Against the backdrop of the American prosperity gospel, about which she wrote a history (Blessed: A History of the American Prosperity Gospel, Oxford, 2013), in Everything Happen For A Reason Bowler details how, at 35, thriving in her seminary teaching, married to her high school sweetheart, and with the birth of her son, she struggles with a stage IV colon cancer diagnosis.
Televangelists, with whom she had talked, “claimed spiritual guarantees for how to receive divine money. I held hands with people in wheelchairs praying at the altar to be cured.” She tried “to understand, how millions of North Americans had started asking God for more” (xii). But she also saw something else. “Believers wanted escape from poverty, failing health, and the feeling that their lives were leaky buckets” (xiii). People with “bleak medical diagnoses…broken teen agers or misfiring marriages” sought salvation, rescue, and “a modicum of power over things that ripped their lives apart at the seams” (xiii).
What is a Theodicy?
That movement, she says, is “a theodicy, an explanation for the problem of evil. It is an answer to the questions that take our lives apart: Why do some people get healed and some people don’t? Why do some people leap and land on their feet, while others tumble all the way down? Why do some babies die in their cribs and some bitter souls live to see their great-grandchildren. The prosperity gospel looks at the world as it is and promises a solution. It guarantees that faith will always make a way” (xiii).
Her research led her to look beyond the false promises of the movements’ leaders into her own heart. Bowler found alluring “the promise that I could curate my life, minimize my losses, and stand on my successes…I had my own prosperity gospel, a flowering weed grown in with all the rest” (xiii-xiv).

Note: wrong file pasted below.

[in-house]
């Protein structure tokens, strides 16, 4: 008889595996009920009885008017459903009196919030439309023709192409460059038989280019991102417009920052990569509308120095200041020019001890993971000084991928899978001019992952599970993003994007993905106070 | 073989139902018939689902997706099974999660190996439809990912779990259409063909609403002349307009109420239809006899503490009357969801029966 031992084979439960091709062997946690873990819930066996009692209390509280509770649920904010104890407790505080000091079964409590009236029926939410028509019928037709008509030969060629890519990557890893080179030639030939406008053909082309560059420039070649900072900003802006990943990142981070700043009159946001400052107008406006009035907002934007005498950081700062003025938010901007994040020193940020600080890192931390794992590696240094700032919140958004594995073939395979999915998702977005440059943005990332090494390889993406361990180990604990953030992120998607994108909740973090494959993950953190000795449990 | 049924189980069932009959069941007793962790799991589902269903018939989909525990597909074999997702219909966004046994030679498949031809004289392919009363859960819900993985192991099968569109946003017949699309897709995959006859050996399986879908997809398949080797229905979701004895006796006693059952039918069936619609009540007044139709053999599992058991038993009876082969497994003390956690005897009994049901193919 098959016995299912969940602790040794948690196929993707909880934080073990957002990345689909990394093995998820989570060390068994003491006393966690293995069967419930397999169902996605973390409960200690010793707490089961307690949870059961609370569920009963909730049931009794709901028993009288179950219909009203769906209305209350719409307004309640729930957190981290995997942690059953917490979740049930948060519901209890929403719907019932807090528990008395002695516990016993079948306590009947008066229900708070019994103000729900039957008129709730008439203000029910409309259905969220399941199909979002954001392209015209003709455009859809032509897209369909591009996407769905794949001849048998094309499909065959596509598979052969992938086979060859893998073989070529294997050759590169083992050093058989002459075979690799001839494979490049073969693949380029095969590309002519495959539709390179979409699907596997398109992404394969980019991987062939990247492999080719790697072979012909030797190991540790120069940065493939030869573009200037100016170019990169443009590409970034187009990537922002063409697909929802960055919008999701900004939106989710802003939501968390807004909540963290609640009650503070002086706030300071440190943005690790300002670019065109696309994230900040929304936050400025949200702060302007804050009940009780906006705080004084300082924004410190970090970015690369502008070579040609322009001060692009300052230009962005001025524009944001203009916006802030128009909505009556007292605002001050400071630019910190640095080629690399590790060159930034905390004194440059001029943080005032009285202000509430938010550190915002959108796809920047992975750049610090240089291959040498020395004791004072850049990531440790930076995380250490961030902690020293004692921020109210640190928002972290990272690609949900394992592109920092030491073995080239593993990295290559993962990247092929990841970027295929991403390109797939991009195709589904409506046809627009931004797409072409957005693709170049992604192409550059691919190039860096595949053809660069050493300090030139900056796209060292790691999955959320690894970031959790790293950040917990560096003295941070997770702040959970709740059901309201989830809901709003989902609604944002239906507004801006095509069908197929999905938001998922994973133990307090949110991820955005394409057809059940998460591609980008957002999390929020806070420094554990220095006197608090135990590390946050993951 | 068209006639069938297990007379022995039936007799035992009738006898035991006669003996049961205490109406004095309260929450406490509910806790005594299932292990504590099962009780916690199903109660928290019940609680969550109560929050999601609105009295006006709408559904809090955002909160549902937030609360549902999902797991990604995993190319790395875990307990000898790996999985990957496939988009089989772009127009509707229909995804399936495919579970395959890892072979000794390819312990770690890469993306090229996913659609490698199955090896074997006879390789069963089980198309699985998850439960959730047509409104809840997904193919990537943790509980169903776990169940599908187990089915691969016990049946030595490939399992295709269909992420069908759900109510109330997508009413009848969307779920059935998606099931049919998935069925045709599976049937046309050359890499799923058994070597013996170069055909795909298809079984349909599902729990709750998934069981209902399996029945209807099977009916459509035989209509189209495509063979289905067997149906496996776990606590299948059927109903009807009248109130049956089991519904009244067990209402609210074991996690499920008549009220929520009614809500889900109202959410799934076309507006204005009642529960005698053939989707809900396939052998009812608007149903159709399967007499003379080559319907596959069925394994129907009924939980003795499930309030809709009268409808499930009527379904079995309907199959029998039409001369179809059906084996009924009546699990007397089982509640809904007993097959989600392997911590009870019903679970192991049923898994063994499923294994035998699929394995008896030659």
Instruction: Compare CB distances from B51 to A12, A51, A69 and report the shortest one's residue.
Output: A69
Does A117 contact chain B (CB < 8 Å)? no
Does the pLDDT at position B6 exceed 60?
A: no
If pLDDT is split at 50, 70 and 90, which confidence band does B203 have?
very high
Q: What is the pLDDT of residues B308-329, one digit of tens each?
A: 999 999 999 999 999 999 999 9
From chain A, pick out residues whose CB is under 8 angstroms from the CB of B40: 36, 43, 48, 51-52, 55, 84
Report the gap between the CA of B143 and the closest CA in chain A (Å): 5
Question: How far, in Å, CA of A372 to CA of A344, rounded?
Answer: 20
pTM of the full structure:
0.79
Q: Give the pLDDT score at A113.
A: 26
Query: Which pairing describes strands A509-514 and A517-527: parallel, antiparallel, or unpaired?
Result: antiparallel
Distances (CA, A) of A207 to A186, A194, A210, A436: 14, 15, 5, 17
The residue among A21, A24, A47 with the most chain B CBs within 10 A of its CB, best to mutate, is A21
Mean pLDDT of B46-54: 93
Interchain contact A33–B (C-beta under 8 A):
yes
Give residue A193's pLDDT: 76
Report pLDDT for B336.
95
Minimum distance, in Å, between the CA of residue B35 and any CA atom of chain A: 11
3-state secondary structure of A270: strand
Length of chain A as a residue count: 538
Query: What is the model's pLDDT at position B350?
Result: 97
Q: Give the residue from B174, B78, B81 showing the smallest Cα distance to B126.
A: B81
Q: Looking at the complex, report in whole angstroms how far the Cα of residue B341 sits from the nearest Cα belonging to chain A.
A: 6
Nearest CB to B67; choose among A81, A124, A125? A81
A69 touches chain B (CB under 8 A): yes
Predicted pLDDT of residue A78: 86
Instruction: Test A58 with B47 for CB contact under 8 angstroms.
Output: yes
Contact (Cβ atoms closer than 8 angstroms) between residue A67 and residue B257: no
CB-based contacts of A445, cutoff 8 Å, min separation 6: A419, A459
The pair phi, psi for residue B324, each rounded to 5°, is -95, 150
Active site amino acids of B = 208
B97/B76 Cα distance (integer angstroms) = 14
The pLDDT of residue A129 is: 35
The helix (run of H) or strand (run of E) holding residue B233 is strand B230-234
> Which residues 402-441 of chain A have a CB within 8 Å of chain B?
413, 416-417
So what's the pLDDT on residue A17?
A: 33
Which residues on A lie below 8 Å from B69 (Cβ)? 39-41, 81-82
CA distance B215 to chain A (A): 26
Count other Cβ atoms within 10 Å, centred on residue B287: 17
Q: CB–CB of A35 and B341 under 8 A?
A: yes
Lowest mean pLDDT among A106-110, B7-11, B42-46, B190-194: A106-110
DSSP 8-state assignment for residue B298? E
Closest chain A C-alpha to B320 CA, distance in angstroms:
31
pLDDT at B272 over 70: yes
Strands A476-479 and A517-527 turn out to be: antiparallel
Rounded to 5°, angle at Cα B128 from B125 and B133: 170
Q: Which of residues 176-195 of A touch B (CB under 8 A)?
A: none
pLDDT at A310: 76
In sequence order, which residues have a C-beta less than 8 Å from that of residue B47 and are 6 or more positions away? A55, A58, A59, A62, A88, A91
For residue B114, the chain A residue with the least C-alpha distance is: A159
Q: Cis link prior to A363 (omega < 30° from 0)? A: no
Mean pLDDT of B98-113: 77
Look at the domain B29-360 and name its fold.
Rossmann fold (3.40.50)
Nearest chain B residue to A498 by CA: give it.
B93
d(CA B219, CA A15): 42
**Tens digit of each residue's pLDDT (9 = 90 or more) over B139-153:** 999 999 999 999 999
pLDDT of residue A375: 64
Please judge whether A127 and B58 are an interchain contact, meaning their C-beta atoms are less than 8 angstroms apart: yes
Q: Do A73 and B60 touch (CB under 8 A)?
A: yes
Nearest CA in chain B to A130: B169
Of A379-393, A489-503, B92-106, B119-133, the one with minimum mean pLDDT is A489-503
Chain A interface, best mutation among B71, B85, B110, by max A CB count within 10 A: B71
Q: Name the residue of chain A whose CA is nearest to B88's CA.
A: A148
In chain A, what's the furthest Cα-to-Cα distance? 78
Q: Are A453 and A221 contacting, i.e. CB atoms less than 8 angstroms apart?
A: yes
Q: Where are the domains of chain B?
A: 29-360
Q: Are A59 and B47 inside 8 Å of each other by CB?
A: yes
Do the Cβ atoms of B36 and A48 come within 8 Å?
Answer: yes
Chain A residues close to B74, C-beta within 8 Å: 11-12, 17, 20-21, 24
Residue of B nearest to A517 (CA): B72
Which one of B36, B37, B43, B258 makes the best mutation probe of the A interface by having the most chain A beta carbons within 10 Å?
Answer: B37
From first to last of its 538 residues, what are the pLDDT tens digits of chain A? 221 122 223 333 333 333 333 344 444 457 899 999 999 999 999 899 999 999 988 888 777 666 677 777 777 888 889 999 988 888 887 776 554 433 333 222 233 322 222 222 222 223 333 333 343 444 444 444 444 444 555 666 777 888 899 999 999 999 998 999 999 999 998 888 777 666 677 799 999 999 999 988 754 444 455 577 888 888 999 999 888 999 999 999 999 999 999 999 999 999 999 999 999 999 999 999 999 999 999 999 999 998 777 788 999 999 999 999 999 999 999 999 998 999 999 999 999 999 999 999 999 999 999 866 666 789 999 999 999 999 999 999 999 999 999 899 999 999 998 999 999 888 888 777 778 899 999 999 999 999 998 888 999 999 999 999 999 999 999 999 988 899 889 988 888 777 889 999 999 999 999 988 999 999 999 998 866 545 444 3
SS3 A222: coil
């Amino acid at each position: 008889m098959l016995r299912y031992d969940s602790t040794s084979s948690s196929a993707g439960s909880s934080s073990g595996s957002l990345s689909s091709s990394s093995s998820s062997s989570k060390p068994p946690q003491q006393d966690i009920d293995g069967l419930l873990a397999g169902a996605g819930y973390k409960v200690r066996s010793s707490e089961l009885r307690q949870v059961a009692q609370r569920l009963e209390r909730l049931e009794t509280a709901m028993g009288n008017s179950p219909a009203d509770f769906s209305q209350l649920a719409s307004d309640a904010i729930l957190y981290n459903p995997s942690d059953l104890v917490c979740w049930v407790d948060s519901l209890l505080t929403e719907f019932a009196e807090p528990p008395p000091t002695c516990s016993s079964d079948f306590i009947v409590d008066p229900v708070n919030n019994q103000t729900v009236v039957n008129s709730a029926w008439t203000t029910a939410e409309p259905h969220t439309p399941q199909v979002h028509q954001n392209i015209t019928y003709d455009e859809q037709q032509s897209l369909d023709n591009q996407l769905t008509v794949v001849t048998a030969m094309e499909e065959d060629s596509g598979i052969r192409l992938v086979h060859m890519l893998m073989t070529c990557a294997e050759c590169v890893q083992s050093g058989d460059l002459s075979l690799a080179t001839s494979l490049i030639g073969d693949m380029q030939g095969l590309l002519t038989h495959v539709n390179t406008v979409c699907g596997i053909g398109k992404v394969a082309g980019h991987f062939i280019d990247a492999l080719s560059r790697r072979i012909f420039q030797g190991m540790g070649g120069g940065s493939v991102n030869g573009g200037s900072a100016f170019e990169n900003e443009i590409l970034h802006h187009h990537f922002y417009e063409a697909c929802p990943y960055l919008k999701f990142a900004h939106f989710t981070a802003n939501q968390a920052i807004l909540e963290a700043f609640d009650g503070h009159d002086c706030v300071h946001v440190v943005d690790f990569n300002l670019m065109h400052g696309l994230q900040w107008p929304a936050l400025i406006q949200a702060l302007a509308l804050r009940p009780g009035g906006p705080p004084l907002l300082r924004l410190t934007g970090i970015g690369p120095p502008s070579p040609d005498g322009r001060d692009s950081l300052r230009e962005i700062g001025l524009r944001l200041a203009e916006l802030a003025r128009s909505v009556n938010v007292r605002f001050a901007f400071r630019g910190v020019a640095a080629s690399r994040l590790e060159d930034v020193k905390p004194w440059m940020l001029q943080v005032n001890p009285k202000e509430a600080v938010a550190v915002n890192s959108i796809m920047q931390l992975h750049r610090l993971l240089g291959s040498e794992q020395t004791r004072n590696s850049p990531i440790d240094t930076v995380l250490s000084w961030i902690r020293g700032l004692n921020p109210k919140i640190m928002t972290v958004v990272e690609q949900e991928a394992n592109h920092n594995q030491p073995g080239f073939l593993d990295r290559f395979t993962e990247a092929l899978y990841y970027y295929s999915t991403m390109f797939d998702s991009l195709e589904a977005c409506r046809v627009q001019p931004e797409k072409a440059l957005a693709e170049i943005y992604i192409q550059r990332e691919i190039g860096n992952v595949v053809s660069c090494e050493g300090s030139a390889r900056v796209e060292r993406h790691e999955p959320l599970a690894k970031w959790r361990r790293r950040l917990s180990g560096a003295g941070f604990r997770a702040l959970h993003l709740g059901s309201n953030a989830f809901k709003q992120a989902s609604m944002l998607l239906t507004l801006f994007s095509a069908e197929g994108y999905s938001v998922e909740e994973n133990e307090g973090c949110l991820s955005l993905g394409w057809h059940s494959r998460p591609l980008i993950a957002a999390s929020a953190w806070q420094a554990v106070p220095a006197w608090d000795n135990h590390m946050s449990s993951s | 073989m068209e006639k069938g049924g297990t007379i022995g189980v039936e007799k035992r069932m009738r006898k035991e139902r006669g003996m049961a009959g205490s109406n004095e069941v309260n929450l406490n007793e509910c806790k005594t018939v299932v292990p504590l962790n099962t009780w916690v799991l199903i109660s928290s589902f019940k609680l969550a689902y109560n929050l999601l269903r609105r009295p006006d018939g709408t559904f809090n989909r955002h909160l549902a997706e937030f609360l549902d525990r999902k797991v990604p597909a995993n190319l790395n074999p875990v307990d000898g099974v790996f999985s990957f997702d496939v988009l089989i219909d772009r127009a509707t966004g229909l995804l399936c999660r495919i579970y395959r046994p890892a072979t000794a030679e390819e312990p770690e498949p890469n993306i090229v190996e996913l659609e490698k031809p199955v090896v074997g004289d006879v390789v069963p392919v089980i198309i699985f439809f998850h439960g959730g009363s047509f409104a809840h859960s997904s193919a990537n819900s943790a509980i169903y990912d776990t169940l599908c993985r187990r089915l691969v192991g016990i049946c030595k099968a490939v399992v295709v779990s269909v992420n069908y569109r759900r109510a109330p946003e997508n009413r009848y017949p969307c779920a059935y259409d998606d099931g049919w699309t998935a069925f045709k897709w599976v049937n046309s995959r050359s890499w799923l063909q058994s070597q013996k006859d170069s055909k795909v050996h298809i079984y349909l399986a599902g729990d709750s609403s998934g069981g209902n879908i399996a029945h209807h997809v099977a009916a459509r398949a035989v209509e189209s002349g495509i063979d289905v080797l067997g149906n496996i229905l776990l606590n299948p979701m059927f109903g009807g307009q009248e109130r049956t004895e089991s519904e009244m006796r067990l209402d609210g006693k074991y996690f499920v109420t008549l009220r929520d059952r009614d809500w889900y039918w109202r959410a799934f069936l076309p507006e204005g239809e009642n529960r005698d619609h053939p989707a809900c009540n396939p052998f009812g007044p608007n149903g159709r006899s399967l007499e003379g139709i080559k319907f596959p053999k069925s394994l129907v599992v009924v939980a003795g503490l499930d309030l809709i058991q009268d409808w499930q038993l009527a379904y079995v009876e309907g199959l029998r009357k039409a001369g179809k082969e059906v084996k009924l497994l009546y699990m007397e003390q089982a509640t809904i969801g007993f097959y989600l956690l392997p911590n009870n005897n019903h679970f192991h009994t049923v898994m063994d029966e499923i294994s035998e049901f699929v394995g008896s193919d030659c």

Reporting her cancer diagnosis, Bowler describes her plea to God for life with three simple questions: “Why? God, are you here? What does this suffering mean?” At first, she reports, “I could hear Him. I could almost make out an answer. But then it was drowned out by what I’ve now heard a thousand times. “Everything happens for a reason” or “God is writing a better story.”
Bowler’s well-written Preface leads the reader through her equally well-written journey, from the anxiety of her cancer diagnosis through the news that she might have a rare form of cancer with excellent prognosis. But what most galls Bowler is how people treat her. Instead of living with her in the moment of her anguish, she finds “three life lessons people try to teach me that, frankly, sometimes feels worse than the cancer itself.”
What three lessons do you believe people want to share with Bowler? What lesson(s) would you want to share with her? In my next blog I will reveal Bowler’s three Life Lessons well-wishers seek to teach her.